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Review: American Scream: The Bill Hicks Story, by Cynthia True

# 88: American Scream: The Bill Hicks Story by Cynthia True:


Throughout junior high, Commando Tag was Bill's favorite game after baseball. Most evenings after supper a gang of neighborhood boys met at Nottingham Elementary, which provided any number of excellent places to hide amid the low classroom buildings and playground equipment. Once everyone had hidden, two It commandos roamed around trying to hunt the others. Once you tagged a guy, he too became a commando. Bill loved being outdoors at dusk, with the fireflies flashing and the cicadas screeching. The game got really interesting when the sun went down just after nine o'clock and huge packs of boys roamed around in the dark trying to trap each other.




Synopsis: Biography of proto-shock comic Bill Hicks, from his traditional Houston upbringing, through his attempts at breaking into Hollywood screenwriting and getting thrown out of every comedy club anyone ever heard of, to the Letterman showdown and beyond.

Anyone who's ever listened to Bill Hicks' standup sets can't deny the raw power behind them, the rage and disillusionment channeled through a hyper-intelligent filter which lays out the hypocrisy of American politics and entertainment in all its wart-bellied, pus-dripping horror. But this same unbridled, biting wit, combined with, at points, a drug and alcohol problem, led to Hicks being booted off and out of nearly every place he ever performed at. Most notable of these is his final appearance on Letterman where, after having his acerbic, critical set vetted by the producers of the show, the entire piece was axed. It was a move Hicks--then entering the final stages of pancreatic cancer--never forgave or recovered from.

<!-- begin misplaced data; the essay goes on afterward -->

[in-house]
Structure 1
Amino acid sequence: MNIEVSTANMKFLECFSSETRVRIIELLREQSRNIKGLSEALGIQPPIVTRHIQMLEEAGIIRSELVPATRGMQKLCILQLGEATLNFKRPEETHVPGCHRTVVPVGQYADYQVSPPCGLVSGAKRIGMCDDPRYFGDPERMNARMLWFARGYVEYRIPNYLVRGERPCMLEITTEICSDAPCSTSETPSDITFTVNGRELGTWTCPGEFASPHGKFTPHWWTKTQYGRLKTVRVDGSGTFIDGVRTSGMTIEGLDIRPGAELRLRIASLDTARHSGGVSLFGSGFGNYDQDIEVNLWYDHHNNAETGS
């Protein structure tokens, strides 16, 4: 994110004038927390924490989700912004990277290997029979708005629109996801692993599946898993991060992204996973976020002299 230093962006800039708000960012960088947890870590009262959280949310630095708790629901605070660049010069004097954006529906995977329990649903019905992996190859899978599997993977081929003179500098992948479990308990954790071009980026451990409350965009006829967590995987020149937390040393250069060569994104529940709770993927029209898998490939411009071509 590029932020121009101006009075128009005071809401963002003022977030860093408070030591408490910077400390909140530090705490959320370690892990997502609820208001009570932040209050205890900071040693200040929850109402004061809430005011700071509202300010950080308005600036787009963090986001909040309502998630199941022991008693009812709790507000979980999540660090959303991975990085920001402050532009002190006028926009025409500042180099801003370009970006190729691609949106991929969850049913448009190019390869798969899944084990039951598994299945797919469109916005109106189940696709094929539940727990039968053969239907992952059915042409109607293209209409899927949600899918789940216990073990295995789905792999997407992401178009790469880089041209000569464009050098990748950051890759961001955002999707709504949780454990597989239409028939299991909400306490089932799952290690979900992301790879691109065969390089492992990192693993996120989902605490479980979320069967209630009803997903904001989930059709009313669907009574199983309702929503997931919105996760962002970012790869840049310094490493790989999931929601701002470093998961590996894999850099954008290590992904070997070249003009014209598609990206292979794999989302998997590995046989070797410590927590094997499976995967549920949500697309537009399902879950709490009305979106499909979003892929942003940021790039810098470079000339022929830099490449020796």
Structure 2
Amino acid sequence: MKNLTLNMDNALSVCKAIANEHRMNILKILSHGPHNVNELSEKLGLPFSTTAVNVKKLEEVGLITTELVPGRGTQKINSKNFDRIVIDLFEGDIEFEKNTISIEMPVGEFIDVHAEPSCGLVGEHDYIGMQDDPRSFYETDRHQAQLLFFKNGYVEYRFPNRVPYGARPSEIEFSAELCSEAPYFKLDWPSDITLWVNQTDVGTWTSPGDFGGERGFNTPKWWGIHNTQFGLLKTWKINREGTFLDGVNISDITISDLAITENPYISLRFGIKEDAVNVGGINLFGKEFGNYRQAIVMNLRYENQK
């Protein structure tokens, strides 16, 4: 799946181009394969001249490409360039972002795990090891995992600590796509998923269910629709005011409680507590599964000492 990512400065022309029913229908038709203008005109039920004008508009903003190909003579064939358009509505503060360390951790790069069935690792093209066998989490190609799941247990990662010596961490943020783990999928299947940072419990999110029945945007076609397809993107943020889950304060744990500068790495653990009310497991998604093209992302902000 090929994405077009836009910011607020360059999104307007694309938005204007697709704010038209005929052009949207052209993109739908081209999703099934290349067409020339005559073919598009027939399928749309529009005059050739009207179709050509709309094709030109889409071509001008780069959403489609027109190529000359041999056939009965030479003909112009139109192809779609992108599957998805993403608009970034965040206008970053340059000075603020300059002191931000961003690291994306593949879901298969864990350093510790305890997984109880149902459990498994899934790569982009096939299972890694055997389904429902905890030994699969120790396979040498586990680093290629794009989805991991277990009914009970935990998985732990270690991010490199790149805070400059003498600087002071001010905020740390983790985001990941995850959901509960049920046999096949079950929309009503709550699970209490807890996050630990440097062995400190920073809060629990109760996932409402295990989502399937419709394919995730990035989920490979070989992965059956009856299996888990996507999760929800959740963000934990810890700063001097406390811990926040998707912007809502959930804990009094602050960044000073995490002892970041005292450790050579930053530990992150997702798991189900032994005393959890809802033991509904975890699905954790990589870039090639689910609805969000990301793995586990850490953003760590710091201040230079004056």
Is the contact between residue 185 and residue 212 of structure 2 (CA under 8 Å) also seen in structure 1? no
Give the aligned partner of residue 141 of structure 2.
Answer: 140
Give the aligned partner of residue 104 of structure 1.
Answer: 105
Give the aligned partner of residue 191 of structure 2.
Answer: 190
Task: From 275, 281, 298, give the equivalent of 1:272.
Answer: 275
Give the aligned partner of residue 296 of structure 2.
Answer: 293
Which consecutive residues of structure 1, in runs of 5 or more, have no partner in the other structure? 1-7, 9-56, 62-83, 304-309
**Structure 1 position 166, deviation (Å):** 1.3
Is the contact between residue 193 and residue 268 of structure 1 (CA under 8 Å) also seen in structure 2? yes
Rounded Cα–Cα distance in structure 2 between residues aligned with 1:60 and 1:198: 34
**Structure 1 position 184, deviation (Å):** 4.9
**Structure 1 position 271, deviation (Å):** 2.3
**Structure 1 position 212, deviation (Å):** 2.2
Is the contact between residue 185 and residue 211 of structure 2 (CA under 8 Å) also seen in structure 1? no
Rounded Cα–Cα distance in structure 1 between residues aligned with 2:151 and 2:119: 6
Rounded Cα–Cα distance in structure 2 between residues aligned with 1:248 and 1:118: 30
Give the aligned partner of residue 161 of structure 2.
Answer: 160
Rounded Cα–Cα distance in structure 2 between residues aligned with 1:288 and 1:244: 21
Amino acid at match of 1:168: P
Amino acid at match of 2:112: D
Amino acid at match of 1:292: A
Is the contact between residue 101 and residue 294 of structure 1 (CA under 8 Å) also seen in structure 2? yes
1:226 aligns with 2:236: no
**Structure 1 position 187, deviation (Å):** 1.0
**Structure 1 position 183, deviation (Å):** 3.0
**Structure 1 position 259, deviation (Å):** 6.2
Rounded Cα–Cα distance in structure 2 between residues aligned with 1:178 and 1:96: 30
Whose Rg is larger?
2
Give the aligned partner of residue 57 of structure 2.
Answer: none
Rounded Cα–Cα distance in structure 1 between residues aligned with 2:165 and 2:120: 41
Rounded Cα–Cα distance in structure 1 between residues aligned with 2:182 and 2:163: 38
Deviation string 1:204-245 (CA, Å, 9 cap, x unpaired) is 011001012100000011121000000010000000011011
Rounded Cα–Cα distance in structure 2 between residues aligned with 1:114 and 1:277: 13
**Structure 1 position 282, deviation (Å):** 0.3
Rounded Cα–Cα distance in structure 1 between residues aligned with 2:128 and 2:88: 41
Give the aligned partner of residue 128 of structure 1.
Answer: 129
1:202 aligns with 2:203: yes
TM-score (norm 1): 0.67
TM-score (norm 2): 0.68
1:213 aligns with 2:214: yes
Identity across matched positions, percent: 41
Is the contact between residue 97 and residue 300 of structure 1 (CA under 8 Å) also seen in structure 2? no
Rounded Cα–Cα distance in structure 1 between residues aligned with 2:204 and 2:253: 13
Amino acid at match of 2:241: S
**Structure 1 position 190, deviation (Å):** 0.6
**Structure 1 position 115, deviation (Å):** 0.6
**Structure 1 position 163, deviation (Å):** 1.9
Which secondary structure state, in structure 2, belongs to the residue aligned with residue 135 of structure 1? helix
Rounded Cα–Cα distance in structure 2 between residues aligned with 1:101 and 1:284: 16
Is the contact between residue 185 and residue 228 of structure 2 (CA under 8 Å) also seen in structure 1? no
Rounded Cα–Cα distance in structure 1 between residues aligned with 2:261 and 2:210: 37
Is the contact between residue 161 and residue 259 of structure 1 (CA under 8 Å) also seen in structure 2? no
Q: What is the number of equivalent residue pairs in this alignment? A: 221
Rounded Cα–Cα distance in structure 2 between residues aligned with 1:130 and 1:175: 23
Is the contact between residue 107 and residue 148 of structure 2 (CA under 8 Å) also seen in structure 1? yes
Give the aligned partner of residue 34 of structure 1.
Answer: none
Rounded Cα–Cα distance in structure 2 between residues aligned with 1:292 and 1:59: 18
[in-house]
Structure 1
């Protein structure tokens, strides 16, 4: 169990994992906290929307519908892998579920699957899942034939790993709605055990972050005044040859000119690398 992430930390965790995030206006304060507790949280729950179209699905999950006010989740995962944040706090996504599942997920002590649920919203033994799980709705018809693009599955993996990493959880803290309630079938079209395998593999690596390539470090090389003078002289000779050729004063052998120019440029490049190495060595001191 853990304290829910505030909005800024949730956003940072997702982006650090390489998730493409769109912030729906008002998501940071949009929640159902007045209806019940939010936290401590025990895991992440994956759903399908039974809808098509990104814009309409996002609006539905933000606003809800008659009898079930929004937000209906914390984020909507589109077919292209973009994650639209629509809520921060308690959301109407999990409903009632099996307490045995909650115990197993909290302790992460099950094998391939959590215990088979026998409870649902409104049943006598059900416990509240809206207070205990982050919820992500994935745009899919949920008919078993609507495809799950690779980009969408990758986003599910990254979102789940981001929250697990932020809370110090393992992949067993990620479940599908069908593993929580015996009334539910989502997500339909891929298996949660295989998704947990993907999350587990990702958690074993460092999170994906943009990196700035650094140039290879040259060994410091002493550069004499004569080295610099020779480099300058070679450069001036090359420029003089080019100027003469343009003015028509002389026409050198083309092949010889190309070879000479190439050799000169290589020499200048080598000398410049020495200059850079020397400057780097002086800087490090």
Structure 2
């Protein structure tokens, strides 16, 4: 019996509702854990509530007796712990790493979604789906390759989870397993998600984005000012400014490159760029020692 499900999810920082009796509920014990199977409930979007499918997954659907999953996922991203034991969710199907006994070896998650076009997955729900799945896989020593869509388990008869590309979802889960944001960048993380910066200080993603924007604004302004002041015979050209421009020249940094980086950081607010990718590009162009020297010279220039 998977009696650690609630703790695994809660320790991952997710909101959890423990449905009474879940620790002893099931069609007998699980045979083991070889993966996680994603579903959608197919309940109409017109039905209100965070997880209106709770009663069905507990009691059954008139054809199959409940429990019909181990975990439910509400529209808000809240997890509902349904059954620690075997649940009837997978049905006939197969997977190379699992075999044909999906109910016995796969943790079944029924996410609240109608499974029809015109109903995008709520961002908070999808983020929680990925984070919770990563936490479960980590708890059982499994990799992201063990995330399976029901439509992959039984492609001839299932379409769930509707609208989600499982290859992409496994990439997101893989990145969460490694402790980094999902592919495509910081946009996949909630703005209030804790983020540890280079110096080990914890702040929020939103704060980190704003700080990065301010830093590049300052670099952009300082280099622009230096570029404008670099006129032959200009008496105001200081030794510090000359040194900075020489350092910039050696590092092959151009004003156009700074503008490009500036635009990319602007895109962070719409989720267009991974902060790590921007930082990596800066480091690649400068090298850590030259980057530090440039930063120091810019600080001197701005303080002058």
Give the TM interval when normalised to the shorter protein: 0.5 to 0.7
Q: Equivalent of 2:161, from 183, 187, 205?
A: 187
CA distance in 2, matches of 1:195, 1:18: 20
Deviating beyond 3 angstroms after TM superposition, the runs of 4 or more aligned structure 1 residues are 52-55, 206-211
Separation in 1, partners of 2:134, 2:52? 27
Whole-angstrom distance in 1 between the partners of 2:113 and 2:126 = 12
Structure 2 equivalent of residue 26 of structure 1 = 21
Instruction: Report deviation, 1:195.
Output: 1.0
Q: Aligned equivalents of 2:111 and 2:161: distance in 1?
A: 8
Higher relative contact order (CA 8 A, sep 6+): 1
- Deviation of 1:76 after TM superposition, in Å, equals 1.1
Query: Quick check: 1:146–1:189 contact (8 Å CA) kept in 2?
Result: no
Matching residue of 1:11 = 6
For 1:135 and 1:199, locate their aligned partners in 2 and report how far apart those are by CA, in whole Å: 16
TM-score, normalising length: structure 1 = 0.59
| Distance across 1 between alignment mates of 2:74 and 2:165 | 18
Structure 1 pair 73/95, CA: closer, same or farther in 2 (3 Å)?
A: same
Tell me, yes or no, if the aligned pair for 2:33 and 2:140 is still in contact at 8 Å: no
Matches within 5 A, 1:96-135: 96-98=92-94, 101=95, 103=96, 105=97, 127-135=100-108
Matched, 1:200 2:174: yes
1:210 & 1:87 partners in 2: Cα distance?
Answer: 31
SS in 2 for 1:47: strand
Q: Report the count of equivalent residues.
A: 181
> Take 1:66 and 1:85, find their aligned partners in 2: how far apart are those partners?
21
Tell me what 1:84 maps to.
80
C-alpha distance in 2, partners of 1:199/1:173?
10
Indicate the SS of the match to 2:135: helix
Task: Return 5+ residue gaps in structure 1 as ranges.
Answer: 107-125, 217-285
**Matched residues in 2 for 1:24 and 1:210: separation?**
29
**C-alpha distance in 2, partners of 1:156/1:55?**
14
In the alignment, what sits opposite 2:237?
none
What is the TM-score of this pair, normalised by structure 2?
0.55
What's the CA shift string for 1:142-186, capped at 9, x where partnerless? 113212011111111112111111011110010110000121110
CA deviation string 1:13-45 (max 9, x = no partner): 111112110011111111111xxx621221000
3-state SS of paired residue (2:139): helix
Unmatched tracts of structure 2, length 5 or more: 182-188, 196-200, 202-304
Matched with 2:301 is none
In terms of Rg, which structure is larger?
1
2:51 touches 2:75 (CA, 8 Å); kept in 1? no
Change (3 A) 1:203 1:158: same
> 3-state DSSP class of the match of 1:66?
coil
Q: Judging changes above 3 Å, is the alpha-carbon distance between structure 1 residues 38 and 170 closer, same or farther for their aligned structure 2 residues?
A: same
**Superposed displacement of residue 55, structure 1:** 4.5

Now, I've heard the infamous Letterman set. I've heard it on audio and, earlier this year when Letterman experienced a mysterious change of heart and, sixteen years after the fact, made a full and heartfelt apology to Hicks' mother for the incident, I've finally seen it performed. It really has to be experienced to be believed.

But that's not true of this book.

The first part, from Hicks' Houston childhood up to the point his best friend leaves him for college and Hicks himself heads to Hollywood, is pretty compelling, but that's largely because of who Hicks was, not due to any inherent majesty of storytelling. From there, things go downhill fairly quickly.

Here's the thing: if you're going to describe the career of any person x in industry y, you have to do two things.

One, you have to make sure x is an interesting guy. Okay, check. This book has that.

And two, y needs to be broken down into a series of personalities and challenges, places and achievements in order to weave the full texture of a time a place and a person.

I'm convinced, biography-wise, that in the right hands, the story of a boll-weevil exterminator and his attempts to reform the exterminating industry could be downright fascinating. This book, on the other hand, is not.

True makes no effort to round out the people and places Hicks encountered, and instead tosses them at the reader rapid-fire style and hopes the reader is, what, overwhelmed by the glamor of smalltime comedy clubs? Astounded at the number of people Hicks managed to piss off during his brief lifetime? It's a strange and somewhat indefensible choice for a biographer to make. I came to read about Bill Hicks, not some guy he once walked off the stage to punch in 1988. Although I'm sure with the right biographer, that guy would be fascinating, too.

Top that off with an insipid and overwhelmed introduction by Janeane Garofalo and what we have here is a big pile of fail between brightly painted covers.

Instead of going anywhere near this book, listen to Hicks' routines and decide for yourself: American hero or junkie ragebag whiner?

Thank you, I'll be here all night. Don't forget to tip your waitress.
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